Car dealer delaying paying off trade-in vehicle loan

February 4, 2011 22:09 by Consumer Ed

Dear Consumer Ed:

Are auto dealerships in Georgia required to pay off trade-in vehicles within a certain time frame?

Consumer Ed says:

No, there is not a time frame set by law, although the dealer should not delay once your new loan has been funded.  Remember – until the dealer pays off your old loan, you will remain responsible for maintaining insurance and making all payments on your old vehicle.  As a result, if your new car purchase includes trading in a car with an unpaid lien balance, be sure to get a promise, in writing, from the dealer regarding the trade-in payoff date.  Make sure that it requires the payoff to be made before your next scheduled car payment is due.  Then, follow up with the lender to be sure that the payoff was actually made.

Trading in a vehicle is a convenient option for some consumers.  When done correctly, it allows consumers to leave their trade-ins at the dealership and be responsible for only one payment to one lender.  When done improperly, however, consumers are stuck with two car payments and a trade-in vehicle that may be in the possession of the dealership.  In worst case scenarios, some dealerships have sold the trade-ins before the loans are paid off.

If you find yourself in a situation in which the trade-in loan is not paid, contact a private attorney immediately.  You can also contact the Governor’s Office of Consumer Protection at 404-651-8600 or 1-800-869-1123 (toll-free in Georgia, outside of the metro Atlanta calling area).  Failing to deal with the issue could lead to damage to your credit score and a potential lawsuit against you from the company that financed the trade-in.

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Storage Unit Belongings to be Sold at Auction

December 8, 2010 17:46 by Consumer Ed

Dear Consumer Ed:

I was unable to make my last three payments on my storage unit. I found out that there is a notice in the paper to auction off my belongings. How can I stop this?

Consumer Ed says:

If the rent has not been paid, the owner may be allowed to sell the contents of your storage unit. However, before your belongings can be sold, he must take certain steps.  First, he can only sell your property to recoup back rent if you are more than thirty days behind on your payments.  Next, you must be notified, in writing, of his intent to sell your belongings.  The owner must deliver this notice to you in person, or send it by certified or overnight mail.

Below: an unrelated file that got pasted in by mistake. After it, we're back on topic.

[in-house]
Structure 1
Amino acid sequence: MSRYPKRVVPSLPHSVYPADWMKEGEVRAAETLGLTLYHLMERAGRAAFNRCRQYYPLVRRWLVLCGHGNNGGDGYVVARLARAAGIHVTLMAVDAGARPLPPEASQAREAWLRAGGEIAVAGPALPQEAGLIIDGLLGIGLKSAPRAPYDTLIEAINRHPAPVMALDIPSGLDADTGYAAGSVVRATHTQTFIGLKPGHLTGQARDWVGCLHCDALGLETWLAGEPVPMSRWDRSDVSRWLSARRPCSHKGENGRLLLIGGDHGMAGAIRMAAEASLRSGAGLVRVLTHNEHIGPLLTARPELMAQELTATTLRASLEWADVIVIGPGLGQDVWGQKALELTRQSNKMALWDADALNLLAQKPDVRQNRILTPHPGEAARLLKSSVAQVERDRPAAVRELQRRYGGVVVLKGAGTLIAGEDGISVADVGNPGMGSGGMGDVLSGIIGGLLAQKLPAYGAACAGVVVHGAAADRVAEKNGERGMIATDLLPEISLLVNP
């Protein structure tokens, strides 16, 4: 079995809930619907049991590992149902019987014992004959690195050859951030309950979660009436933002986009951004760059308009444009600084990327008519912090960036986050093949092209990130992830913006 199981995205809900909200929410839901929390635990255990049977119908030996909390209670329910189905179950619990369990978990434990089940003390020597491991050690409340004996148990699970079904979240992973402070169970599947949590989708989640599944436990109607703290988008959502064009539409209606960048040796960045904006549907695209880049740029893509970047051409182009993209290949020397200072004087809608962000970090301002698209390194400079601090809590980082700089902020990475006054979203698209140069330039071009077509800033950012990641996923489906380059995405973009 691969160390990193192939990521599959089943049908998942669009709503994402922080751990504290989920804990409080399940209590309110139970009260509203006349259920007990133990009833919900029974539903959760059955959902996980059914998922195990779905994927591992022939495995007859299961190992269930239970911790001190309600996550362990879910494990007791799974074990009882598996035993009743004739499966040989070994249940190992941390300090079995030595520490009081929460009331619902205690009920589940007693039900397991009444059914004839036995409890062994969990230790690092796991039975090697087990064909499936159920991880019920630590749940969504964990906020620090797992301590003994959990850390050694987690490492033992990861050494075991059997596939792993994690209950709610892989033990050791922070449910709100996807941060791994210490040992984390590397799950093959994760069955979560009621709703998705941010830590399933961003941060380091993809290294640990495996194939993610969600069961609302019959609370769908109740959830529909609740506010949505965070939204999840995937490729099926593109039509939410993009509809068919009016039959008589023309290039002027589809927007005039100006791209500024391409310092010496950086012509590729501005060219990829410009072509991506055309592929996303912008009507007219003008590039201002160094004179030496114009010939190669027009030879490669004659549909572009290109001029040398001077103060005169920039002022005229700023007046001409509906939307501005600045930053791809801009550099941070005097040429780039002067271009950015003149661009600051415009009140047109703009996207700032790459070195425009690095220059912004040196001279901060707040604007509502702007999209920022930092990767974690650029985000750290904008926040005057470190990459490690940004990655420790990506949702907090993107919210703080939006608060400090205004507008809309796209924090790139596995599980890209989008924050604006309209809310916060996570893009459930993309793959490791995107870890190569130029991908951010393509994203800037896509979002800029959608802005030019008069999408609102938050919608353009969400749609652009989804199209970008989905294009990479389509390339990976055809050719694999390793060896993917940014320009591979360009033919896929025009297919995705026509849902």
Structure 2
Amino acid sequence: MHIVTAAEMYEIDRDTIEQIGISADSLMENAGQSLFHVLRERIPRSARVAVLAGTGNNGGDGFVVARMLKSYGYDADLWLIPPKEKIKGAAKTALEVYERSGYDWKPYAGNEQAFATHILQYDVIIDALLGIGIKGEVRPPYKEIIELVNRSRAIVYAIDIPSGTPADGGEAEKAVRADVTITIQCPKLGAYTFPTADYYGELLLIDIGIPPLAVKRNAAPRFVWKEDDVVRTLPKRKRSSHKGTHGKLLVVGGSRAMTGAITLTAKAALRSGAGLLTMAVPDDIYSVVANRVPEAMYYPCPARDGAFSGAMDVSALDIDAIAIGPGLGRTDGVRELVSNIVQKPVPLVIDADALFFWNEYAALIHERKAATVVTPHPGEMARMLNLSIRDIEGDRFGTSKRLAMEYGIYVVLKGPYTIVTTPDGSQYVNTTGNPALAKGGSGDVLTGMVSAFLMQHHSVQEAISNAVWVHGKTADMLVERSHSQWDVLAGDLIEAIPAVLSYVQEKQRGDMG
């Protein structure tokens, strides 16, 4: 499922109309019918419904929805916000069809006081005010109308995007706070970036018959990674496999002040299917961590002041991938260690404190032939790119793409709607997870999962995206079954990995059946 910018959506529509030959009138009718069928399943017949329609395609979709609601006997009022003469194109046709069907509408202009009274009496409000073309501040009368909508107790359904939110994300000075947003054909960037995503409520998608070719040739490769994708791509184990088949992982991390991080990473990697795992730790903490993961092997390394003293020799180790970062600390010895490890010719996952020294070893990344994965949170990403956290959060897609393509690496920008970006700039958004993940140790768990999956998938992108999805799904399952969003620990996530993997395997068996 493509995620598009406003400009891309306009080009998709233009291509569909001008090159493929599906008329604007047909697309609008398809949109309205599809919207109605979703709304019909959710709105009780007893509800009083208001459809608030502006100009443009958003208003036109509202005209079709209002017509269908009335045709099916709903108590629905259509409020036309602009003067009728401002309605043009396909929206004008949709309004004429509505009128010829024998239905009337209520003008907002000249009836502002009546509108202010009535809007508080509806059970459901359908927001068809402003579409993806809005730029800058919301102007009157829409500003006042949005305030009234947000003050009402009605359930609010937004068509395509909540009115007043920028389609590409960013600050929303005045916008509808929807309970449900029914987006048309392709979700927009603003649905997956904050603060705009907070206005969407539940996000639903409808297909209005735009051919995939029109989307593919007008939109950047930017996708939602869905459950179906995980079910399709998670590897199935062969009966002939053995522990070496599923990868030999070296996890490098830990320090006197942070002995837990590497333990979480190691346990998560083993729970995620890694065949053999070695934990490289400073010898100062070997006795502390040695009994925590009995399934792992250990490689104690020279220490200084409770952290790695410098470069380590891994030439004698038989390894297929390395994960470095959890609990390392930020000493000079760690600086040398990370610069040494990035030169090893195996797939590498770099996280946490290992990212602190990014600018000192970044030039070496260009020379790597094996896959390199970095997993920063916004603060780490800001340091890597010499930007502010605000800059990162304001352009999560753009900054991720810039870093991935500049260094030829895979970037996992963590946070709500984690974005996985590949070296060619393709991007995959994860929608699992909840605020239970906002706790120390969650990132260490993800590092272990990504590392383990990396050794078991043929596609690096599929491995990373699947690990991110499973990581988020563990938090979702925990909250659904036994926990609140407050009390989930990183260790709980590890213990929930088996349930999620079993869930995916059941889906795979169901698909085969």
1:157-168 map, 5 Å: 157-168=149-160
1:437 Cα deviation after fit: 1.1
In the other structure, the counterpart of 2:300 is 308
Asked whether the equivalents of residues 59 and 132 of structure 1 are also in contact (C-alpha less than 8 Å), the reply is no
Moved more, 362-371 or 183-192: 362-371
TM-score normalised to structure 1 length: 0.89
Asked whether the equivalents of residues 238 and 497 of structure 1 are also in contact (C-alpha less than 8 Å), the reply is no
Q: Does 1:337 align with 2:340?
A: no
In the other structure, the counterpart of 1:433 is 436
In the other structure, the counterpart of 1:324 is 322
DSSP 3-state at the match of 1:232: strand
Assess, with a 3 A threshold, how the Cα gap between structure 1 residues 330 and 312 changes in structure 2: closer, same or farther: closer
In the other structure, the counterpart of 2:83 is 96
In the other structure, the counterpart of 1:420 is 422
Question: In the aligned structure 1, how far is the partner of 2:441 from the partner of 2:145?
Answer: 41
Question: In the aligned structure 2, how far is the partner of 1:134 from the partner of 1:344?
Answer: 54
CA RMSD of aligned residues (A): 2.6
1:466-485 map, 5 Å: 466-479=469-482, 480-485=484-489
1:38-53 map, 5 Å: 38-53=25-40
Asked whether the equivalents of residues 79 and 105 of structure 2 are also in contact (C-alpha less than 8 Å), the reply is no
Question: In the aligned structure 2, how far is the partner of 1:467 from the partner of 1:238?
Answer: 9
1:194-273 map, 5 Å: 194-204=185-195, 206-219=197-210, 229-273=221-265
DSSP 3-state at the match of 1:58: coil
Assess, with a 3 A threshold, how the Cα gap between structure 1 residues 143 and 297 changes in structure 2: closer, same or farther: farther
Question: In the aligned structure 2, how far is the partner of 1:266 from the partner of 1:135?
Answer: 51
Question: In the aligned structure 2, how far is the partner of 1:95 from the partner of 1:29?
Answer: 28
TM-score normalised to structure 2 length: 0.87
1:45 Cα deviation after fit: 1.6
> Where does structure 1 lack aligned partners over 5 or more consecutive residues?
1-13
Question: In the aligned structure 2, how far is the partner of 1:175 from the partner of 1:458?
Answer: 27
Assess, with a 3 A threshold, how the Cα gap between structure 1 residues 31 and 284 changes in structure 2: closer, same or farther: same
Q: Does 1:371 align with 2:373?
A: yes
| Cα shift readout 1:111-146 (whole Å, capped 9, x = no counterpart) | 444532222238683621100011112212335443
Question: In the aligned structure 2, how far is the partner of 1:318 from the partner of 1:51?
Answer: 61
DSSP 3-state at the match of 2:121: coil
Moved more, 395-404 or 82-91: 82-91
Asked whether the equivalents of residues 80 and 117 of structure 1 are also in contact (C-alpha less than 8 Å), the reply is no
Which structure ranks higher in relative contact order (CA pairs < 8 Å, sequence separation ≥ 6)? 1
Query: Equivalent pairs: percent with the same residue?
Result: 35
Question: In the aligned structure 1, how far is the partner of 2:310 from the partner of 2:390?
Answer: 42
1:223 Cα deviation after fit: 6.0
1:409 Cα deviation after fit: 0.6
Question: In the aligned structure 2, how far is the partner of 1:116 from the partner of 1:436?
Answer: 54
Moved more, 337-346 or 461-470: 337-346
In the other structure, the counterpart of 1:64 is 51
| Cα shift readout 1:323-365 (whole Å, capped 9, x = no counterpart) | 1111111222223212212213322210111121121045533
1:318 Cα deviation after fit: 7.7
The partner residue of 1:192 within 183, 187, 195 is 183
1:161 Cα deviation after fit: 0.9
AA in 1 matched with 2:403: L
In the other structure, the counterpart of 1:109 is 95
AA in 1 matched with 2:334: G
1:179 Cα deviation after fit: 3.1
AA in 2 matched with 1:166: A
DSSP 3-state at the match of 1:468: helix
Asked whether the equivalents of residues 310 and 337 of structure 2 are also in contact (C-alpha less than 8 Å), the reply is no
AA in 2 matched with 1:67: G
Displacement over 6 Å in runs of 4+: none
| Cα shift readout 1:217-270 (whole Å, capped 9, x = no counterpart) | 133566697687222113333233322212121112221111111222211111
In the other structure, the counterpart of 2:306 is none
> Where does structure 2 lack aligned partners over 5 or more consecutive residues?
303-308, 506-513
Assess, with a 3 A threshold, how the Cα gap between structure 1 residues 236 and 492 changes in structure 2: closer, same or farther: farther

The notice must allow you more time to make the payment in full; at a minimum, the owner has to give you an additional fourteen days to pay.  It must also tell you that if payment is not received, your belongings will be advertised for public sale.

After the fourteen days has expired, the owner must then advertise the sale in a local newspaper, once a week, for two straight weeks. If you pay the back-rent in full before the date of sale advertised in the newspaper, the owner does not have the right to sell your belongings, and you may collect them.

If the owner has not complied with all of these steps, he may not legally sell your belongings.  Note also that these steps must be described, in detail, in your storage unit rental agreement, so you should read this agreement.

If you think the owner is in the wrong, you should contact an attorney immediately to remedy the situation.

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Free trial offer no longer free

December 2, 2010 00:20 by Consumer Ed

Dear Consumer Ed:

Last month I signed up for a 30-day free trial for a credit monitoring system. I just got my latest credit card statement and see that the company just charged me a $29.99 fee. When I spoke to them they told me that since I never called to cancel after the free trial, they had automatically renewed my service. I don’t think I should have to pay this bill. What can I do?

Consumer Ed says:

This practice – automatically renewing an agreement unless the customer specifically notifies the company in advance not to renew – is called “negative option billing.” It is a tactic that is being used by more and more businesses, often to the detriment of consumers. Although it is a “legal” practice, there are rules that businesses that engage in this type of billing are required to follow:

  1. Any promotional materials, such as advertisements, sent to you before you contracted with the business must clearly describe billing details, and whether you are automatically re-enrolled after the initial trial period. These materials must also describe how you are to contact the business to cancel your account before the next billing cycle.
  2. After your agreement is in effect, the business must mail you, before any automatic billing, a form notifying you that the agreement will be renewed unless you specifically cancel. The business must also tell you what method you need to use to cancel – i.e. by email, in writing, etc.

You are not bound by the automatic renewal if the business has not complied with these requirements. Therefore, you should go back and read your agreement closely, as well as any promotional materials you received before you entered into the agreement.If you were not appropriately notified of the negative option billing, you should not have to pay the money. You may want to consult with a private attorney to discuss the specifics of your situation.  

Also, note that you do not have to pay for a credit monitoring service in order to review the information contained in your credit file. Under federal law, you are entitled to a free credit report every year, and under Georgia law you are entitled to two free reports. You may want to consider this option instead of paying a company for a similar service. To receive your free reports go to annualcreditreport.com or call 877-322-8228.

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